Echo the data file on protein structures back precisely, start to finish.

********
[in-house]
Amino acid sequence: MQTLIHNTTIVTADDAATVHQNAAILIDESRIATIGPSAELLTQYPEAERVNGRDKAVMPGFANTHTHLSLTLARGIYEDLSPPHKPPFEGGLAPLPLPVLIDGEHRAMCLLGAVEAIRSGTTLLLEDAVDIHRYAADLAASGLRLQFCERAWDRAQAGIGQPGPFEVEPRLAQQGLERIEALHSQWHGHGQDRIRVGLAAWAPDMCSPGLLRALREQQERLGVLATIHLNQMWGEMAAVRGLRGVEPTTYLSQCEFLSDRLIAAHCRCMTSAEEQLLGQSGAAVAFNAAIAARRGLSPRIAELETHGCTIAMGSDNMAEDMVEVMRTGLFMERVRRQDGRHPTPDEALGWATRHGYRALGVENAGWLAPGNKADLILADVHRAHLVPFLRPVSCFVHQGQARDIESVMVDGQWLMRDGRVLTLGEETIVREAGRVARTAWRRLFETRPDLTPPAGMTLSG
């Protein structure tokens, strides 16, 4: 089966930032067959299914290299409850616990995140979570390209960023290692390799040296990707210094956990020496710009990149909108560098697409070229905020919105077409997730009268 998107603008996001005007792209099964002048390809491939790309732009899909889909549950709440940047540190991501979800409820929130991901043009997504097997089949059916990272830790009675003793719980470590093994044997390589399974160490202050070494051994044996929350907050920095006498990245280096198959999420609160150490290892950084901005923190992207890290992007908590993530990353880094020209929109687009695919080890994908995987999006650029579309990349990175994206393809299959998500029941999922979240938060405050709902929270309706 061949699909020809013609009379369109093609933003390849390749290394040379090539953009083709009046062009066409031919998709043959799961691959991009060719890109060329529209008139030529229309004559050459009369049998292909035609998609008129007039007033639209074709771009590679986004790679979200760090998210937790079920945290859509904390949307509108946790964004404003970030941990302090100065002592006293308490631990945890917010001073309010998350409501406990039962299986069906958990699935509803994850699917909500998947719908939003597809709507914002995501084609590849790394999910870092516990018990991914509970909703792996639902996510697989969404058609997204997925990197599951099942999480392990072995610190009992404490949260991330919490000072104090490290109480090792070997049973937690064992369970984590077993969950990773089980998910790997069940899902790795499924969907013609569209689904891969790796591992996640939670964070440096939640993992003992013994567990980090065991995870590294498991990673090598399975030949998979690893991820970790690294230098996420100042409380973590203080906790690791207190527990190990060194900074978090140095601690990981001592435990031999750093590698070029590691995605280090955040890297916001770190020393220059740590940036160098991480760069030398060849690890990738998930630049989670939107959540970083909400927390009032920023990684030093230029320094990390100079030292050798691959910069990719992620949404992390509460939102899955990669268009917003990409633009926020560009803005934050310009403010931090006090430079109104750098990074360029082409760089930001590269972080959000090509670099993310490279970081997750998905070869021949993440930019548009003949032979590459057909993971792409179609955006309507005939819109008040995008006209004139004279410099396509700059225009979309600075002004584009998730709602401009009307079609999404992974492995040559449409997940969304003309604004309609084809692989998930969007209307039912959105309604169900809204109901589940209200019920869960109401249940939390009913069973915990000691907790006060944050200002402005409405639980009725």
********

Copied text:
[in-house]
Amino acid sequence: MQTLIHNTTIVTADDAATVHQNAAILIDESRIATIGPSAELLTQYPEAERVNGRDKAVMPGFANTHTHLSLTLARGIYEDLSPPHKPPFEGGLAPLPLPVLIDGEHRAMCLLGAVEAIRSGTTLLLEDAVDIHRYAADLAASGLRLQFCERAWDRAQAGIGQPGPFEVEPRLAQQGLERIEALHSQWHGHGQDRIRVGLAAWAPDMCSPGLLRALREQQERLGVLATIHLNQMWGEMAAVRGLRGVEPTTYLSQCEFLSDRLIAAHCRCMTSAEEQLLGQSGAAVAFNAAIAARRGLSPRIAELETHGCTIAMGSDNMAEDMVEVMRTGLFMERVRRQDGRHPTPDEALGWATRHGYRALGVENAGWLAPGNKADLILADVHRAHLVPFLRPVSCFVHQGQARDIESVMVDGQWLMRDGRVLTLGEETIVREAGRVARTAWRRLFETRPDLTPPAGMTLSG
């Protein structure tokens, strides 16, 4: 089966930032067959299914290299409850616990995140979570390209960023290692390799040296990707210094956990020496710009990149909108560098697409070229905020919105077409997730009268 998107603008996001005007792209099964002048390809491939790309732009899909889909549950709440940047540190991501979800409820929130991901043009997504097997089949059916990272830790009675003793719980470590093994044997390589399974160490202050070494051994044996929350907050920095006498990245280096198959999420609160150490290892950084901005923190992207890290992007908590993530990353880094020209929109687009695919080890994908995987999006650029579309990349990175994206393809299959998500029941999922979240938060405050709902929270309706 061949699909020809013609009379369109093609933003390849390749290394040379090539953009083709009046062009066409031919998709043959799961691959991009060719890109060329529209008139030529229309004559050459009369049998292909035609998609008129007039007033639209074709771009590679986004790679979200760090998210937790079920945290859509904390949307509108946790964004404003970030941990302090100065002592006293308490631990945890917010001073309010998350409501406990039962299986069906958990699935509803994850699917909500998947719908939003597809709507914002995501084609590849790394999910870092516990018990991914509970909703792996639902996510697989969404058609997204997925990197599951099942999480392990072995610190009992404490949260991330919490000072104090490290109480090792070997049973937690064992369970984590077993969950990773089980998910790997069940899902790795499924969907013609569209689904891969790796591992996640939670964070440096939640993992003992013994567990980090065991995870590294498991990673090598399975030949998979690893991820970790690294230098996420100042409380973590203080906790690791207190527990190990060194900074978090140095601690990981001592435990031999750093590698070029590691995605280090955040890297916001770190020393220059740590940036160098991480760069030398060849690890990738998930630049989670939107959540970083909400927390009032920023990684030093230029320094990390100079030292050798691959910069990719992620949404992390509460939102899955990669268009917003990409633009926020560009803005934050310009403010931090006090430079109104750098990074360029082409760089930001590269972080959000090509670099993310490279970081997750998905070869021949993440930019548009003949032979590459057909993971792409179609955006309507005939819109008040995008006209004139004279410099396509700059225009979309600075002004584009998730709602401009009307079609999404992974492995040559449409997940969304003309604004309609084809692989998930969007209307039912959105309604169900809204109901589940209200019920869960109401249940939390009913069973915990000691907790006060944050200002402005409405639980009725």